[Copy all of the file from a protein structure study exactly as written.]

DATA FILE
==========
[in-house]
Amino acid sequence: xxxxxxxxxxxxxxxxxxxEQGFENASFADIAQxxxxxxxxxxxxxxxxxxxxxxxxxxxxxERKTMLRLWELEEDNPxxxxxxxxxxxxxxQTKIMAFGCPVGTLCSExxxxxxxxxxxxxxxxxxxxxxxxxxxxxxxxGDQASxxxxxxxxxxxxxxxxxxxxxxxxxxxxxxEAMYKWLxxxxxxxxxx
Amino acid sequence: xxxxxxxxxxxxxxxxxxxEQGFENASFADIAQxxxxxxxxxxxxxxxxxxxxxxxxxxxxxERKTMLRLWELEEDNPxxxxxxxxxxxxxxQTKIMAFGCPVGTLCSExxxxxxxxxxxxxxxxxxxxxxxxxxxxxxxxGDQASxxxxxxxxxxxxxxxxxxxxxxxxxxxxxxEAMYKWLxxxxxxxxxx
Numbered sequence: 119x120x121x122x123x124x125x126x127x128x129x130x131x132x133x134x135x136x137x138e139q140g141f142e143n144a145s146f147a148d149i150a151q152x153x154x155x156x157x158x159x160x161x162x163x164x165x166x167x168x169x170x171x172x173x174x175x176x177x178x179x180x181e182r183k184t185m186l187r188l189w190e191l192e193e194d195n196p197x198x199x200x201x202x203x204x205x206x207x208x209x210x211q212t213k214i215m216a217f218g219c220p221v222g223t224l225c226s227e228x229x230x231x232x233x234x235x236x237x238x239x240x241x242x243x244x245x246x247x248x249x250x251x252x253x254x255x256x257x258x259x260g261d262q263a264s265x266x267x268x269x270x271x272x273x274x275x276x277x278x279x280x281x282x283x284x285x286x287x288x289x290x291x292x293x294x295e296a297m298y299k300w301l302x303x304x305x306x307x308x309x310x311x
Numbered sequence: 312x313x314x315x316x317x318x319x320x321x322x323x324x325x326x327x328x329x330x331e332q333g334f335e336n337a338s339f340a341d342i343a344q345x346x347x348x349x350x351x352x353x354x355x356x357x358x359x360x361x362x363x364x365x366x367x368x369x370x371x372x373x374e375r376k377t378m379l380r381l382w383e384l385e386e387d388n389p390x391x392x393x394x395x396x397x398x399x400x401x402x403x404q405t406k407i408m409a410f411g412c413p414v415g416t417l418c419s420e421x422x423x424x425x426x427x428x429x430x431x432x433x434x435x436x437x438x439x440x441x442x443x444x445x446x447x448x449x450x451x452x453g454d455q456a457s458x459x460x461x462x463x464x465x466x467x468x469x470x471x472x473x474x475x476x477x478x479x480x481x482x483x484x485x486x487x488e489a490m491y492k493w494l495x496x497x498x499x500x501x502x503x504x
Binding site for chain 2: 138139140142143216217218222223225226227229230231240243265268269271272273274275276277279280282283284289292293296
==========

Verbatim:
[in-house]
Amino acid sequence: xxxxxxxxxxxxxxxxxxxEQGFENASFADIAQxxxxxxxxxxxxxxxxxxxxxxxxxxxxxERKTMLRLWELEEDNPxxxxxxxxxxxxxxQTKIMAFGCPVGTLCSExxxxxxxxxxxxxxxxxxxxxxxxxxxxxxxxGDQASxxxxxxxxxxxxxxxxxxxxxxxxxxxxxxEAMYKWLxxxxxxxxxx
Amino acid sequence: xxxxxxxxxxxxxxxxxxxEQGFENASFADIAQxxxxxxxxxxxxxxxxxxxxxxxxxxxxxERKTMLRLWELEEDNPxxxxxxxxxxxxxxQTKIMAFGCPVGTLCSExxxxxxxxxxxxxxxxxxxxxxxxxxxxxxxxGDQASxxxxxxxxxxxxxxxxxxxxxxxxxxxxxxEAMYKWLxxxxxxxxxx
Numbered sequence: 119x120x121x122x123x124x125x126x127x128x129x130x131x132x133x134x135x136x137x138e139q140g141f142e143n144a145s146f147a148d149i150a151q152x153x154x155x156x157x158x159x160x161x162x163x164x165x166x167x168x169x170x171x172x173x174x175x176x177x178x179x180x181e182r183k184t185m186l187r188l189w190e191l192e193e194d195n196p197x198x199x200x201x202x203x204x205x206x207x208x209x210x211q212t213k214i215m216a217f218g219c220p221v222g223t224l225c226s227e228x229x230x231x232x233x234x235x236x237x238x239x240x241x242x243x244x245x246x247x248x249x250x251x252x253x254x255x256x257x258x259x260g261d262q263a264s265x266x267x268x269x270x271x272x273x274x275x276x277x278x279x280x281x282x283x284x285x286x287x288x289x290x291x292x293x294x295e296a297m298y299k300w301l302x303x304x305x306x307x308x309x310x311x
Numbered sequence: 312x313x314x315x316x317x318x319x320x321x322x323x324x325x326x327x328x329x330x331e332q333g334f335e336n337a338s339f340a341d342i343a344q345x346x347x348x349x350x351x352x353x354x355x356x357x358x359x360x361x362x363x364x365x366x367x368x369x370x371x372x373x374e375r376k377t378m379l380r381l382w383e384l385e386e387d388n389p390x391x392x393x394x395x396x397x398x399x400x401x402x403x404q405t406k407i408m409a410f411g412c413p414v415g416t417l418c419s420e421x422x423x424x425x426x427x428x429x430x431x432x433x434x435x436x437x438x439x440x441x442x443x444x445x446x447x448x449x450x451x452x453g454d455q456a457s458x459x460x461x462x463x464x465x466x467x468x469x470x471x472x473x474x475x476x477x478x479x480x481x482x483x484x485x486x487x488e489a490m491y492k493w494l495x496x497x498x499x500x501x502x503x504x
Binding site for chain 2: 138139140142143216217218222223225226227229230231240243265268269271272273274275276277279280282283284289292293296